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State to intervene in coerced prostitution cases

Along side Chief Judge Jonathan Lippman, Nassau County

Along side Chief Judge Jonathan Lippman, Nassau County District Attorney and the President of the District Attorneys Association of the State of New York, Kathleen Rice expresses her feelings about the importance of the New York court system's Human Trafficking Intervention Initiative. (Sept. 25, 2013) Credit: Nancy Borowick

Prostitution suspects around the state will be given a chance to have their cases dismissed and get out of the sex business by participating in a special intervention program, New York law enforcement officials announced Wednesday.

By viewing prostitutes as human-trafficking victims who are recruited by fraud or coercion, the court system wants to promote a more compassionate and just approach that will make health, immigration and education services available, New York's Chief Judge Jonathan Lippman said Wednesday at a Manhattan news conference.

Judges, prosecutors, defense attorneys and social service agencies will offer intervention for prostitutes in 11 counties in the state. The voluntary program will be modeled after three special trafficking courts already operating in Nassau, Queens and Manhattan counties, according to Lippman. All five city counties will take part.

If "they want to get out of the life, we are going to give them the means by which they can," Lippman told Newsday in an interview.

"This will be a model for the nation that will hopefully improve the lives of countless victims," Nassau County District Attorney Kathleen Rice said in a statement.

Lippman said the initiative is the first statewide, court-led effort to address the problem of human trafficking, which is often manifested in forced prostitution.

In essence, trafficking is defined as the use of force, fraud, coercion or financial pressure to compel a person to work. While trafficking is portrayed in news reports as involving street and brothel prostitution, it also is found in domestic servant, factory and agricultural settings among immigrant populations.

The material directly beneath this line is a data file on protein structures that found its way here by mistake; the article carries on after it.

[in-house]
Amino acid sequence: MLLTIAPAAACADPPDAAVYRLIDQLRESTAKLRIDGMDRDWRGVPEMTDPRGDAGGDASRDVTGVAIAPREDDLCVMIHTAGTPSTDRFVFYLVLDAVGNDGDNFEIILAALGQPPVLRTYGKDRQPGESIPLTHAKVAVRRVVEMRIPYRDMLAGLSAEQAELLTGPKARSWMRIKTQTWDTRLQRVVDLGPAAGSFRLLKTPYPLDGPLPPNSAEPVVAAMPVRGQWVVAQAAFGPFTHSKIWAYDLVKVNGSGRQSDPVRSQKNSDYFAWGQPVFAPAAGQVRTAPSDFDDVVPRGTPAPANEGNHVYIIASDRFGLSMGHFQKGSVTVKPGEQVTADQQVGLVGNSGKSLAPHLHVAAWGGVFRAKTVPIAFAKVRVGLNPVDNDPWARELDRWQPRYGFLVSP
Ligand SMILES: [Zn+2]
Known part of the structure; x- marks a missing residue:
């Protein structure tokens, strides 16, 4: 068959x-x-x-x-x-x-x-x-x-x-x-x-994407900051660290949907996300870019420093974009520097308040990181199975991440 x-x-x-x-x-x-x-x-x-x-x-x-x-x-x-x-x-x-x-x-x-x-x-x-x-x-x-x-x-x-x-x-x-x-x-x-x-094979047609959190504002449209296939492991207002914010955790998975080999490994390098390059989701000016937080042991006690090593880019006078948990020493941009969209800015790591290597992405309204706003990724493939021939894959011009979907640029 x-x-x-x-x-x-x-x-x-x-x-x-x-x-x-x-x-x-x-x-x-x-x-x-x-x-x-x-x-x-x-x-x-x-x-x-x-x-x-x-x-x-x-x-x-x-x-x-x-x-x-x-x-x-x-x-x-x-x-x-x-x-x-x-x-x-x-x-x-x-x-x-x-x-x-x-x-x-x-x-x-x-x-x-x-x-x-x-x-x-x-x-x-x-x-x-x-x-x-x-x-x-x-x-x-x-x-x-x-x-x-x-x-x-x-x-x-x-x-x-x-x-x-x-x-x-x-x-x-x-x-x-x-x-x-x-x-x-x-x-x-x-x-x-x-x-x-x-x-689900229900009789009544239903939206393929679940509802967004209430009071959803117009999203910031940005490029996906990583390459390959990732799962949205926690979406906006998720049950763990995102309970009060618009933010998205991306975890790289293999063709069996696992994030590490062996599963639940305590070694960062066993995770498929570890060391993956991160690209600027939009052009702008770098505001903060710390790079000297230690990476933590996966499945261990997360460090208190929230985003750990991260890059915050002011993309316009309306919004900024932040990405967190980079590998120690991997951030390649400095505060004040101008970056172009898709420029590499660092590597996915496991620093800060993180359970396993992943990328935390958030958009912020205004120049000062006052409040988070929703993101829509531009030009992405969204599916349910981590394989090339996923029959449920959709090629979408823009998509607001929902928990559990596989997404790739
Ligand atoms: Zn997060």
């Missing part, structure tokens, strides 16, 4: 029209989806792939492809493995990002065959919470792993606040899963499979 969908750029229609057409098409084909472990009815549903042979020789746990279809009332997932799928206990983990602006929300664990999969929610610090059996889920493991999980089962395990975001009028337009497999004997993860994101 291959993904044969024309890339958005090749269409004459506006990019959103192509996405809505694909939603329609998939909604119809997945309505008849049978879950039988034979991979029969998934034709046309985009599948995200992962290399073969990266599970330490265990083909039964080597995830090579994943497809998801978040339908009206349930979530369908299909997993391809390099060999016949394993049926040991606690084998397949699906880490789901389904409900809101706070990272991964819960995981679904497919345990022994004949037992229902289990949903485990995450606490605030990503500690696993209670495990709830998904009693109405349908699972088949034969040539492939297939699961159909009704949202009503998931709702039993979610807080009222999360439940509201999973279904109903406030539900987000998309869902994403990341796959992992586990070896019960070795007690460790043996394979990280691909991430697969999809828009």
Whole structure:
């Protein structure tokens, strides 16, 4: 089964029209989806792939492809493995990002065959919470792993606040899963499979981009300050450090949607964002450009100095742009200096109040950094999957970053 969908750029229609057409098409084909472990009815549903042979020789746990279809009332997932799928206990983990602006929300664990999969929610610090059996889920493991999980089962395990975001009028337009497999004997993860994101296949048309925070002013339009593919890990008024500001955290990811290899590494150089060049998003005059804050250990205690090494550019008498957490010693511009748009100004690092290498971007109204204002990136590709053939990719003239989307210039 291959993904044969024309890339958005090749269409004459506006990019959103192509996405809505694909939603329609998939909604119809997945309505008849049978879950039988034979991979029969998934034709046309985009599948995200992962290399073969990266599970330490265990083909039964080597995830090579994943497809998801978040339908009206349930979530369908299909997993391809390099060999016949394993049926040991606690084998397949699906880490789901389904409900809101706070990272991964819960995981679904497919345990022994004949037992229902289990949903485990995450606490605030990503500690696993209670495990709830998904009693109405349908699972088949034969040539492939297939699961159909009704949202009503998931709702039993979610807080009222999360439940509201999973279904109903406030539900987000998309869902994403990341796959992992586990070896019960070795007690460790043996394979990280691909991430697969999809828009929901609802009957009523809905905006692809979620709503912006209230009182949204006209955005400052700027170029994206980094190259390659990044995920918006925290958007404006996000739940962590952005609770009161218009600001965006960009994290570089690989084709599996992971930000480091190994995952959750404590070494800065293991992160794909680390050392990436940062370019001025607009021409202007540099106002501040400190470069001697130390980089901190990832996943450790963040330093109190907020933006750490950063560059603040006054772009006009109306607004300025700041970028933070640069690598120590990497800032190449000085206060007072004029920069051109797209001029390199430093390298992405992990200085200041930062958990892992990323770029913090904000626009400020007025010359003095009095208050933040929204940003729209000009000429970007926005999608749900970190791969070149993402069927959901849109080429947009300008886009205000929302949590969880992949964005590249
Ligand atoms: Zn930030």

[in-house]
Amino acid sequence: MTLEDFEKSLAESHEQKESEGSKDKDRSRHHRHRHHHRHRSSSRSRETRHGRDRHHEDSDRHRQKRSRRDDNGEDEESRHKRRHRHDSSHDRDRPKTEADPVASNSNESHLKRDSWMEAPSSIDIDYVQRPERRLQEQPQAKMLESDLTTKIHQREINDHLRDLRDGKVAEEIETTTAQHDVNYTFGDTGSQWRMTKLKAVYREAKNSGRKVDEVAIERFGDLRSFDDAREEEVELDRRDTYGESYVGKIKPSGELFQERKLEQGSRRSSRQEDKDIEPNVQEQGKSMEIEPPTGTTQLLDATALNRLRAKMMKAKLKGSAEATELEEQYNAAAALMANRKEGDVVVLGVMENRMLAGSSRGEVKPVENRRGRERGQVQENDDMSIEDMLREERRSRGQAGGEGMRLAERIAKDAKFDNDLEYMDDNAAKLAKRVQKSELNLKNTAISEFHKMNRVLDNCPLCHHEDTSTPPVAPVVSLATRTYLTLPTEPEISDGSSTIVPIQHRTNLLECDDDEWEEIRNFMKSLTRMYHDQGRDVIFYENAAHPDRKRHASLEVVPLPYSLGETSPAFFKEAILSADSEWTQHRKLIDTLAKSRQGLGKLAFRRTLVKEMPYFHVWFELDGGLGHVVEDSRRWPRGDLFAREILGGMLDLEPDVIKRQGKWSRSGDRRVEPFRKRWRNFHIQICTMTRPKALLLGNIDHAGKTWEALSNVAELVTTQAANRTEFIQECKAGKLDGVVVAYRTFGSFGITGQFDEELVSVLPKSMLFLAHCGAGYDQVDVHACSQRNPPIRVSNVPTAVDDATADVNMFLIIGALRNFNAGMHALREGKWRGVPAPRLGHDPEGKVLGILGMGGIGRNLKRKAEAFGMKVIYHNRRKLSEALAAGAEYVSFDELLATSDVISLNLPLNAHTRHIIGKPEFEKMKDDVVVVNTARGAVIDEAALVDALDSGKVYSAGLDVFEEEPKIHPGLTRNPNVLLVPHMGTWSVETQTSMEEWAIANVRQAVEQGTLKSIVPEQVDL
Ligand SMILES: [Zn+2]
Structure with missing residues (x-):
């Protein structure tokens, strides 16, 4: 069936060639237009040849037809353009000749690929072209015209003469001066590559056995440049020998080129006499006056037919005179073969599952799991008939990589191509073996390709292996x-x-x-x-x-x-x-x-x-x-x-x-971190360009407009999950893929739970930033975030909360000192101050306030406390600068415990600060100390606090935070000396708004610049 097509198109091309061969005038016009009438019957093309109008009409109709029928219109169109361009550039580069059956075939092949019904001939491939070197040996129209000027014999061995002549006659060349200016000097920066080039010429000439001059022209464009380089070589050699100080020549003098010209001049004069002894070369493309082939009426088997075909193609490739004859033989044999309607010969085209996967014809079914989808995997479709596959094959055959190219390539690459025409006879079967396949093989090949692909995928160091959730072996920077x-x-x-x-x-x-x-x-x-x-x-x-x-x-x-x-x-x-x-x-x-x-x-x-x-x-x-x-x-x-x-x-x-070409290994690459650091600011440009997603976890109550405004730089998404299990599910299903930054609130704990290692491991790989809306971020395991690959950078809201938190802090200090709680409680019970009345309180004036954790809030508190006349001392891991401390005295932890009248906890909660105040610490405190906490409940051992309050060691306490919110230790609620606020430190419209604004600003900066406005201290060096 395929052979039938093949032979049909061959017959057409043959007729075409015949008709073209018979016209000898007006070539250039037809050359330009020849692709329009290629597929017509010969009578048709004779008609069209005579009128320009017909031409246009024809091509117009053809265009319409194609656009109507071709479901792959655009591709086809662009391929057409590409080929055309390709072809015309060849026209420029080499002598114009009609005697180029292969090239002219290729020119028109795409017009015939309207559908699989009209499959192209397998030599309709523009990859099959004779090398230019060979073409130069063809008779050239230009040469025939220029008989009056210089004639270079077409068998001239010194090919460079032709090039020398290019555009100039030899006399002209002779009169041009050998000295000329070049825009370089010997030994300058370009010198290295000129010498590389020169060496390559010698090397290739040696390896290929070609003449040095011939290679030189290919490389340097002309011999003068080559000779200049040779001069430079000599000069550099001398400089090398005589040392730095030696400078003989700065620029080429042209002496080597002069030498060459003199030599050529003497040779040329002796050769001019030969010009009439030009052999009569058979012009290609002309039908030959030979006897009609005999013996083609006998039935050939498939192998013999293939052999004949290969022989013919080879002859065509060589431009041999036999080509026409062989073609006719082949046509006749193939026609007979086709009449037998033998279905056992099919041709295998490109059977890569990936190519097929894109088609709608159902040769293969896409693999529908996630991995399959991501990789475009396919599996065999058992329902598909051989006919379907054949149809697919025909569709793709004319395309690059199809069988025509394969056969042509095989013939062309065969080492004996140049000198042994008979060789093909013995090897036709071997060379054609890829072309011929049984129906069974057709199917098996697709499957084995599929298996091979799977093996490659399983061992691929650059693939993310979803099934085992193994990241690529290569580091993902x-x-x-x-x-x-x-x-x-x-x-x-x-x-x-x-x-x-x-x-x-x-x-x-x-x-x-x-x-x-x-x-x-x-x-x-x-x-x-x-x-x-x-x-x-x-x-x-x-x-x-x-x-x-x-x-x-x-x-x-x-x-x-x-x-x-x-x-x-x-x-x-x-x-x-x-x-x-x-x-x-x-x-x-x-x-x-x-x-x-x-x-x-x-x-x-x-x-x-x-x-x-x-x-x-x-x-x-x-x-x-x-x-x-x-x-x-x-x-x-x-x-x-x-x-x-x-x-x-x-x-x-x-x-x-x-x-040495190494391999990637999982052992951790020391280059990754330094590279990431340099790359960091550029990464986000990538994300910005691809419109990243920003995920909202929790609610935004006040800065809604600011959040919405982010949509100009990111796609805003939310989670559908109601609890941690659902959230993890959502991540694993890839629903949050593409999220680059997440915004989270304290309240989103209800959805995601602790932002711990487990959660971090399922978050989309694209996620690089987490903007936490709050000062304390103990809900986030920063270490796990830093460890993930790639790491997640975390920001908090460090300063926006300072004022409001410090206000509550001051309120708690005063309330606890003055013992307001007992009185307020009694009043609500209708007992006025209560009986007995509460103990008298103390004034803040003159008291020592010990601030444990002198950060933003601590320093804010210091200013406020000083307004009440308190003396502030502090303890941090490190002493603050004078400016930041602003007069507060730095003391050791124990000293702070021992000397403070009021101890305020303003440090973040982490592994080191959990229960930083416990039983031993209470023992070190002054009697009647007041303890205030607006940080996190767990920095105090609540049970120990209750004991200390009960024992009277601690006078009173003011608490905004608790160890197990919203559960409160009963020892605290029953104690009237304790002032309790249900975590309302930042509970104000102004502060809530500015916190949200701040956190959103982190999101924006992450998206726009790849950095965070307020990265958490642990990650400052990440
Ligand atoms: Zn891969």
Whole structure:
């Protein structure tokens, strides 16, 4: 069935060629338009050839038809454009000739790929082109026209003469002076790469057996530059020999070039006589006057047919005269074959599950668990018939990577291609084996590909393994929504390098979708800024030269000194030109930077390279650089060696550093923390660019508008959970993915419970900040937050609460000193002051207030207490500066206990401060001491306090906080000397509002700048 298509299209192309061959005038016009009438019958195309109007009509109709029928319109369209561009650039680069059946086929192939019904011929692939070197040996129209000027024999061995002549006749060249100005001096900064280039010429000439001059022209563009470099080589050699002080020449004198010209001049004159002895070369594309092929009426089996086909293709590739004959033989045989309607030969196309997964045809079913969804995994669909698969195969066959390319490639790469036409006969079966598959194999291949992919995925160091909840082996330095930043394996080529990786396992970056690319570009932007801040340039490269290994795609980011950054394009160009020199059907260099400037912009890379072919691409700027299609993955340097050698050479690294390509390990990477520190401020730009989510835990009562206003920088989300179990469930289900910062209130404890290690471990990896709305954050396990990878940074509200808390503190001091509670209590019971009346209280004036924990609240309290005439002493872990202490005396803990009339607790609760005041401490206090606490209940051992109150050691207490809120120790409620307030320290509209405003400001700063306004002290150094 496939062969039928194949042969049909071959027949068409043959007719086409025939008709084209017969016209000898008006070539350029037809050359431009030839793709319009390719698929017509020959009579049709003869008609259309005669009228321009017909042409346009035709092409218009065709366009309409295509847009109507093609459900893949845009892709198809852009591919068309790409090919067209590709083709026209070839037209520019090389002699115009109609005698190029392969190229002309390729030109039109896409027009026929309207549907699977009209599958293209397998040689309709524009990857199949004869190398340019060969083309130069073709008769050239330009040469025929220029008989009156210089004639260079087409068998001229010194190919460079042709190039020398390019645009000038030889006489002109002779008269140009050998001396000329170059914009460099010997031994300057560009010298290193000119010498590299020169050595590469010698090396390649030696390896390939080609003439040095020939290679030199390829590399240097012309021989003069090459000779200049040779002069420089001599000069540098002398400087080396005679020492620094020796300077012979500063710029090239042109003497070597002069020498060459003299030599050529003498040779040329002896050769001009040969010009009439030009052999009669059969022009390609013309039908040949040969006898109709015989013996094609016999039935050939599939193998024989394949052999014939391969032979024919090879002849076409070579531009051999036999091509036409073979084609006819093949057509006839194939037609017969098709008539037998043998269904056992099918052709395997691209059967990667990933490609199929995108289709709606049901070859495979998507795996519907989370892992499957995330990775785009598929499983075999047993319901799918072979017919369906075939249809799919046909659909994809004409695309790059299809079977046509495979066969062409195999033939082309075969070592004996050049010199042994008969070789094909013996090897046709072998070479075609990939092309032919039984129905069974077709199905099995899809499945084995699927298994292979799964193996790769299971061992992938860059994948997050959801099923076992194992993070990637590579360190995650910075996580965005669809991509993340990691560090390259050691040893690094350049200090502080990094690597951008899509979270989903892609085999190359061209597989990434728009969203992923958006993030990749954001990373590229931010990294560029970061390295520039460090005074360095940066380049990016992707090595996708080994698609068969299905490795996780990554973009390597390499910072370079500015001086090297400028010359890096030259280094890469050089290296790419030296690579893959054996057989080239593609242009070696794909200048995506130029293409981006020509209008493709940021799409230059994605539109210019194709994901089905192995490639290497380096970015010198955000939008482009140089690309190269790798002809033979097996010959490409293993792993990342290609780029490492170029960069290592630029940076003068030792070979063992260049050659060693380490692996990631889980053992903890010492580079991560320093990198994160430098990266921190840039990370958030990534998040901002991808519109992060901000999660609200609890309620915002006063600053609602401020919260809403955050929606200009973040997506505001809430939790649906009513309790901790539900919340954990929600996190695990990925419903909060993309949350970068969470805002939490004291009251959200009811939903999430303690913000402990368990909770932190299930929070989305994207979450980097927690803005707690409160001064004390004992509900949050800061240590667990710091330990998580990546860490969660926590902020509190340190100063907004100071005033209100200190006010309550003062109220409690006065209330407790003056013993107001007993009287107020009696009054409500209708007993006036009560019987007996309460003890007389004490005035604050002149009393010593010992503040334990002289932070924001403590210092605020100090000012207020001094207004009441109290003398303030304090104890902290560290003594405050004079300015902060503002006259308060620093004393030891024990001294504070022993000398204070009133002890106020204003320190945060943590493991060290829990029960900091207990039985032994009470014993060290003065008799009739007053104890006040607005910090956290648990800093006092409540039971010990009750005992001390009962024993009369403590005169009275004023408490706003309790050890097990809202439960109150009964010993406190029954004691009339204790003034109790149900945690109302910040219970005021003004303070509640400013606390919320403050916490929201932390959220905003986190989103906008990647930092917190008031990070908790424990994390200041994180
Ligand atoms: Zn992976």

Law enforcement officials said the new state program will target women and men who are charged with prostitution, loitering for prostitution and unlicensed massage. High-priced call girls who willingly work as prostitutes of the kind who ensnared former Gov. Eliot Spitzer wouldn't normally be covered, the officials said.

The longest-running trafficking court in Queens began operation in 2004 and last year handled 879 cases, records show. Queens Criminal Court Judge Toko Serita said Wednesday that about 70 percent of all prostitution cases in the borough find their way to her special court, with about 90 percent of the defendants opting to take part in the intervention program to avoid a criminal conviction. She did not have statistics on how many later were rearrested.

Nassau District Court Judge William O'Brien, who presides over the county's special court, said virtually all of the prostitution suspects, which court records show totaled 193 in 2012, take advantage of the program. O'Brien also didn't have statistics on how many were repeat offenders.

"I would not be surprised if I see people come back two or three times," O'Brien said.

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